Video Games Giving Hollywood The Big Boot

Move over Tony Stark, there's a new protagonist in town and his name is Niko Bellic. In a few short hours, millions of gamers will have their hands on the hottest piece of video game real estate on the market - namely Grand Theft Auto IV. According to analysts, GTA IV could sell more than six million copies during its first week at retail, netting a whopping $400-million (U.S.) in revenue for Take Two Interactive.

This news has many of the big wigs at Paramount Pictures concerned that the game could put a damper on Iron Man's box office debut on May 2nd. In an article posted on the, Victor Lucas, host and producer of TV's Electric Playground says that "this will be the first major release in what is considered Hollywood's summer movie period, and if there's any title that could put a dent in box office for a major movie, it's Grand Theft Auto."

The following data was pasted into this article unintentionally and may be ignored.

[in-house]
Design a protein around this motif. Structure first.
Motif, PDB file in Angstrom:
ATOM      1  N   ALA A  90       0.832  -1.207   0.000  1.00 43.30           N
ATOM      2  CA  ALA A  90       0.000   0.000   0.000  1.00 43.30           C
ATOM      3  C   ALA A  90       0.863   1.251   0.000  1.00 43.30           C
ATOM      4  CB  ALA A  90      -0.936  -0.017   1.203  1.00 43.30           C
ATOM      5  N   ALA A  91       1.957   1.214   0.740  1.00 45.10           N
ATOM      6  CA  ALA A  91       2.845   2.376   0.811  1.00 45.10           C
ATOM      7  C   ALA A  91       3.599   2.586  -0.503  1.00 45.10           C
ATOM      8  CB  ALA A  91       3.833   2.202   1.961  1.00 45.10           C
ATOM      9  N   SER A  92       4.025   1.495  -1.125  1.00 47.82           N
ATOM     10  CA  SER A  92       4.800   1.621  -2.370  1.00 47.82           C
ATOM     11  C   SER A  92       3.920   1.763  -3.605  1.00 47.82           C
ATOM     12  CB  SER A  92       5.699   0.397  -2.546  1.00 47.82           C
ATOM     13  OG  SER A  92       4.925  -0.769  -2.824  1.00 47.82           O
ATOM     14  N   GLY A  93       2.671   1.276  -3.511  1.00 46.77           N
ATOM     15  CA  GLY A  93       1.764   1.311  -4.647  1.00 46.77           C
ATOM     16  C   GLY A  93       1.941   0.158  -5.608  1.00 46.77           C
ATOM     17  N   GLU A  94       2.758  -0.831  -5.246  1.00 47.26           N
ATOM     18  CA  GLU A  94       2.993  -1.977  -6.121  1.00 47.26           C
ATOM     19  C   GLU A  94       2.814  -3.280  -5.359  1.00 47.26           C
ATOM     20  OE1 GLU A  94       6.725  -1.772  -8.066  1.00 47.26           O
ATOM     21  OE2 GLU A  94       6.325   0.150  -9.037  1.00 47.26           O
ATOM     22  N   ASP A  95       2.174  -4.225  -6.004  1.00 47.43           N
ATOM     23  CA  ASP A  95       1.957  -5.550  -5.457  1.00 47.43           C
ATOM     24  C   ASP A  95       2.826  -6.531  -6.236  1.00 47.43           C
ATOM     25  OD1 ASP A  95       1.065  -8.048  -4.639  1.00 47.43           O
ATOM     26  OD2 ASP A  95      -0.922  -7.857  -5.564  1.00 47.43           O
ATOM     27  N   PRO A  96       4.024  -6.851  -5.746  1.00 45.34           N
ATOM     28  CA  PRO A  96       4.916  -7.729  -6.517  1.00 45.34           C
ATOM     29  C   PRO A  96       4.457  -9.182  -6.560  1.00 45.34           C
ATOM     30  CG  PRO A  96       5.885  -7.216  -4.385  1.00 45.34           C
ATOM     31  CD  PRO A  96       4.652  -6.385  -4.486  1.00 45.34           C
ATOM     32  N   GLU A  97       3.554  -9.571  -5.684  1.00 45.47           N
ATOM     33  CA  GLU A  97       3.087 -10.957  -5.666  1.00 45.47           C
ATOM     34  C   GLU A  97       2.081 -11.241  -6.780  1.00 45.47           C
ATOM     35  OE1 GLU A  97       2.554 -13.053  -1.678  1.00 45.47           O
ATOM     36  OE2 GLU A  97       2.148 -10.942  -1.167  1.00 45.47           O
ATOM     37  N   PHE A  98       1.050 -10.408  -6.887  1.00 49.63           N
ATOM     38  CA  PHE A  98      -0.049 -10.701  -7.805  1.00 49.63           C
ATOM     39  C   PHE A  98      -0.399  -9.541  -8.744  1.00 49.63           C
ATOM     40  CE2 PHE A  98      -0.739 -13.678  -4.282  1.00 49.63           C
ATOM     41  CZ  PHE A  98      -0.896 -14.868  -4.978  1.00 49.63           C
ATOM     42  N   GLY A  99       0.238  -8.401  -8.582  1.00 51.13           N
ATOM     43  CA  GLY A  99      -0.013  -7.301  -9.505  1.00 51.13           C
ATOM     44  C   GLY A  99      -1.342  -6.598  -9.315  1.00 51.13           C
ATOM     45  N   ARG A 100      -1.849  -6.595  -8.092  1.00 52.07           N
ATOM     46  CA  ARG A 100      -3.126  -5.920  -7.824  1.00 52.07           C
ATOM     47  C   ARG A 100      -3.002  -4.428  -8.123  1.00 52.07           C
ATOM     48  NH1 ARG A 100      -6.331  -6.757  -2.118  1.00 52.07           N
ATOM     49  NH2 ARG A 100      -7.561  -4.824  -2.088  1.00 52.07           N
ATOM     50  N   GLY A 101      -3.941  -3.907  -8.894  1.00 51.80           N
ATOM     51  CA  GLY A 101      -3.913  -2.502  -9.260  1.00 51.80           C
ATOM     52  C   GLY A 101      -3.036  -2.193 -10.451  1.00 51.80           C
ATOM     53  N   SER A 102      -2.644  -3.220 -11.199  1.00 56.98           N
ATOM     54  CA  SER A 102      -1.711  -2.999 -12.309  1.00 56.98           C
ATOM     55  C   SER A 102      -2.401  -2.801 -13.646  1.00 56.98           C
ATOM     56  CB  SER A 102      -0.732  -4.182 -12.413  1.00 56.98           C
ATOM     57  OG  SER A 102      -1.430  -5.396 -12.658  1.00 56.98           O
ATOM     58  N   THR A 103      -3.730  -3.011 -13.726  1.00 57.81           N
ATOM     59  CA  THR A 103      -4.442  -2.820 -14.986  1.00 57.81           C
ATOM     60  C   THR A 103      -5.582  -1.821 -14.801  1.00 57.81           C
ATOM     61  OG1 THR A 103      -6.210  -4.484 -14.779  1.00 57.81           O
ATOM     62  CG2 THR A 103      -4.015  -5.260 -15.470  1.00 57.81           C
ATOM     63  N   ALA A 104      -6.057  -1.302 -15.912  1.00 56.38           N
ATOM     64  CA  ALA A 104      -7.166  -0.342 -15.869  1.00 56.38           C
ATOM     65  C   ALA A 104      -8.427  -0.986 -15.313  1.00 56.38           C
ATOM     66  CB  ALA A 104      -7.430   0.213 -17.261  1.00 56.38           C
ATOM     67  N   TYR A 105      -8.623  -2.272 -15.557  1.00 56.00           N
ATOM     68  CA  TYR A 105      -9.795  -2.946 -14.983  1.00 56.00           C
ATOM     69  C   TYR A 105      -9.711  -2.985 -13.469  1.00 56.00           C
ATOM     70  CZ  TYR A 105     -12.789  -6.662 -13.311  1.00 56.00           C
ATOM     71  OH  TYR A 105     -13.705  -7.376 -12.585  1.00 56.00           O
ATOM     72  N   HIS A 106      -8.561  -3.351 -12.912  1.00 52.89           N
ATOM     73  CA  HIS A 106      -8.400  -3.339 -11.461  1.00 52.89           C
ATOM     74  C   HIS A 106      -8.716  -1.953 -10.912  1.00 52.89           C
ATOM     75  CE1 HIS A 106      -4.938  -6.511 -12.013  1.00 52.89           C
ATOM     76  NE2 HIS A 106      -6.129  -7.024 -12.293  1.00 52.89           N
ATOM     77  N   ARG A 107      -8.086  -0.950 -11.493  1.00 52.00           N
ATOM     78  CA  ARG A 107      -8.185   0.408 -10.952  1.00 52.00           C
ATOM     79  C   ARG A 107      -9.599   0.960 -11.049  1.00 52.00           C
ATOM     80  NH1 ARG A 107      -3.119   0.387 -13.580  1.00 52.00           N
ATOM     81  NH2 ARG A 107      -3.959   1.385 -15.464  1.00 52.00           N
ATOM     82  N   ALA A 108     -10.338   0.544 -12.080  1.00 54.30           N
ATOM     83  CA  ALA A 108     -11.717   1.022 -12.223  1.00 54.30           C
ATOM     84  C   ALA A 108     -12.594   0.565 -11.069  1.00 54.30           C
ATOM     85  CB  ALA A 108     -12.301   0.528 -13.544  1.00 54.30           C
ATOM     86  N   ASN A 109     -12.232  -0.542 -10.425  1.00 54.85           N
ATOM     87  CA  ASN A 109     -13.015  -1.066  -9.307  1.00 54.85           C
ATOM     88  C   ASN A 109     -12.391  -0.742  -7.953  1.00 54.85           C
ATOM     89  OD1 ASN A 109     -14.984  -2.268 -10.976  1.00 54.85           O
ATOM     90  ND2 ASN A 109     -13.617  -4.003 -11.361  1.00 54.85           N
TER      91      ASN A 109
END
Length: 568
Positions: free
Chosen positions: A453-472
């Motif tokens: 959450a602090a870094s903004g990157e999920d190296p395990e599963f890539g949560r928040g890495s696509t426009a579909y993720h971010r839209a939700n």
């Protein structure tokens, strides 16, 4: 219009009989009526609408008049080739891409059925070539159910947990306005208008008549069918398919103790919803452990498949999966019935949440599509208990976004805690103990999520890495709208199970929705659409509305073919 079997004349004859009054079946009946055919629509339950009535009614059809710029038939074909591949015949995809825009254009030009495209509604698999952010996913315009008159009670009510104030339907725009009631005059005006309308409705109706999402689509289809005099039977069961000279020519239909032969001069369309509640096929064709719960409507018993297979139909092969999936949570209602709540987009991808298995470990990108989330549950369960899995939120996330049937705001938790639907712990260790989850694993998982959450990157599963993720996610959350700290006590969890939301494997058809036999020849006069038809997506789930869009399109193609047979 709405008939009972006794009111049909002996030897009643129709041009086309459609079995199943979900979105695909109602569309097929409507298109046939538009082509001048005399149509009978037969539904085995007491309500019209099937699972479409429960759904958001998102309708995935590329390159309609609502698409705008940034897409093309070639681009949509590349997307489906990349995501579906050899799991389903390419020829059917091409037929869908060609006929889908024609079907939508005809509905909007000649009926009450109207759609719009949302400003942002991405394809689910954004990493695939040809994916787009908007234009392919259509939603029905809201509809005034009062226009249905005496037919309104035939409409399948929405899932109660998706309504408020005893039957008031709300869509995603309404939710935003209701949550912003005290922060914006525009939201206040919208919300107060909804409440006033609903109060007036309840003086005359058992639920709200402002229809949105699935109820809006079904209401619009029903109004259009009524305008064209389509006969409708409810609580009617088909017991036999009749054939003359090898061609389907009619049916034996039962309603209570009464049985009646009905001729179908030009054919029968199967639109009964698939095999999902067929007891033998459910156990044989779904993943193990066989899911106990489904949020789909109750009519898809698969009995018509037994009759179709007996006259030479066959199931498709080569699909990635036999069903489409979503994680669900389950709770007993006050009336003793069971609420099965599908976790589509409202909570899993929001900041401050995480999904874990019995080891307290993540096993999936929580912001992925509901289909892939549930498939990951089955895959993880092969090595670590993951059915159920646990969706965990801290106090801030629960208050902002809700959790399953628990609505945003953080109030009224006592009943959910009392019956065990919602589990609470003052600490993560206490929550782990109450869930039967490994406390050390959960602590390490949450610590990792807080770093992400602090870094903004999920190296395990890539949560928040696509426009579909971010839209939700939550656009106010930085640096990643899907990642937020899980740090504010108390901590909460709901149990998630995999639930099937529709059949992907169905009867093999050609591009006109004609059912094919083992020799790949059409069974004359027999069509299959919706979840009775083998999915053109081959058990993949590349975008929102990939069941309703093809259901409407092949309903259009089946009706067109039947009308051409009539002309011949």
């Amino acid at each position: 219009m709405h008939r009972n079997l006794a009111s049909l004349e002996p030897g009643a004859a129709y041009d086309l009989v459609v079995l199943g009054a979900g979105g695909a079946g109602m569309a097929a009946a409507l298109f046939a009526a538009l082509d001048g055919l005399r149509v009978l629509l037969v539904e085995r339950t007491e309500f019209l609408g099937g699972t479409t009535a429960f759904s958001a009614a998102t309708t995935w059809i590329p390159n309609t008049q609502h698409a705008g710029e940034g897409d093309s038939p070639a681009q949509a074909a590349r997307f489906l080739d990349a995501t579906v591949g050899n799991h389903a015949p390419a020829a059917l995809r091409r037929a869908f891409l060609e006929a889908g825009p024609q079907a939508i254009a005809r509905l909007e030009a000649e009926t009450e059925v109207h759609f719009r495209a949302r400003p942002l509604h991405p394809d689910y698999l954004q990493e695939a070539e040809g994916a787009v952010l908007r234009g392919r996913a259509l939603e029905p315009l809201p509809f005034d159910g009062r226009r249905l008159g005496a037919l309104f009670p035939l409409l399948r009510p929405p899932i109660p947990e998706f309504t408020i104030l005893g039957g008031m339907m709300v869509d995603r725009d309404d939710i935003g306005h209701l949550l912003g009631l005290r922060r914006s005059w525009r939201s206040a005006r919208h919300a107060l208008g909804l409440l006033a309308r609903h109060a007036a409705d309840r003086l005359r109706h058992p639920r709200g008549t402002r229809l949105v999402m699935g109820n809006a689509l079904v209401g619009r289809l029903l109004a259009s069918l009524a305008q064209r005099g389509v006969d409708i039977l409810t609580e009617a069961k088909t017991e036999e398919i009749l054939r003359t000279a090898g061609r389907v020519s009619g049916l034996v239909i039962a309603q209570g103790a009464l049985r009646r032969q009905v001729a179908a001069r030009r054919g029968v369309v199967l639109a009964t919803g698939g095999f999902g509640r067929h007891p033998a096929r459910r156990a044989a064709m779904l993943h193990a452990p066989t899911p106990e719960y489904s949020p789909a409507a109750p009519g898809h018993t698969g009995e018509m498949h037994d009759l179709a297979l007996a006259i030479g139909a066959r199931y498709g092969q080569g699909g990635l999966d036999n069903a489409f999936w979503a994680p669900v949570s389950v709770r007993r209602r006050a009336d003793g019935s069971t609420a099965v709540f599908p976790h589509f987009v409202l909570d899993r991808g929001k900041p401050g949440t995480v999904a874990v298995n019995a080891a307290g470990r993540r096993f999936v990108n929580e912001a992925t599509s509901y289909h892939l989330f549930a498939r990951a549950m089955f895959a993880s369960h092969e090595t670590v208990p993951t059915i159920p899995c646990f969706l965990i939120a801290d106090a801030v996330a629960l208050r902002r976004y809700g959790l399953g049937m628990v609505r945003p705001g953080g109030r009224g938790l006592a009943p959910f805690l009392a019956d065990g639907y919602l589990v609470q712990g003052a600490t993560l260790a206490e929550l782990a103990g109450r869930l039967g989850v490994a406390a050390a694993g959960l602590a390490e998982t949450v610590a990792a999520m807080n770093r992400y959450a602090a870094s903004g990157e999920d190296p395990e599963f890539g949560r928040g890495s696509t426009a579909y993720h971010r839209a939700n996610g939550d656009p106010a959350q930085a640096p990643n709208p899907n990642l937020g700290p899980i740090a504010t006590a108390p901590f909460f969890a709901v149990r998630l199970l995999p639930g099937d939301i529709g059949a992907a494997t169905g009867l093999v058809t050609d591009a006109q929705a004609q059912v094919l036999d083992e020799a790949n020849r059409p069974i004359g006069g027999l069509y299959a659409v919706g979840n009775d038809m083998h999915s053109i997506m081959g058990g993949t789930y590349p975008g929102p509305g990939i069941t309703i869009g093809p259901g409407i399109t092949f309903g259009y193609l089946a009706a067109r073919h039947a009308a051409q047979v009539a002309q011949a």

But this isn't the first time Hollywood has felt uneasy as a result of a major video game launch. Last fall, Dreamworks blamed disappointing opening weekend of The Heartbreak Kid on the launch of Halo 3 for the Xbox 360. The game generated over $300 million in its first week - doubling that of Spiderman 3's $150 million opening weekend. Half a year later, at the 2008 Game Developer's Conference, Microsoft's keynote address proudly proclaimed that video games are "bigger than Movies, Music and YouTube."

Without a doubt, gaming is becoming big business. If dollars dictate consumer preferences, then it's clear that video games have become the entertainment medium of choice for the 21st century. Given this, it sure will be interesting to see how Iron Man fairs at the box office this week.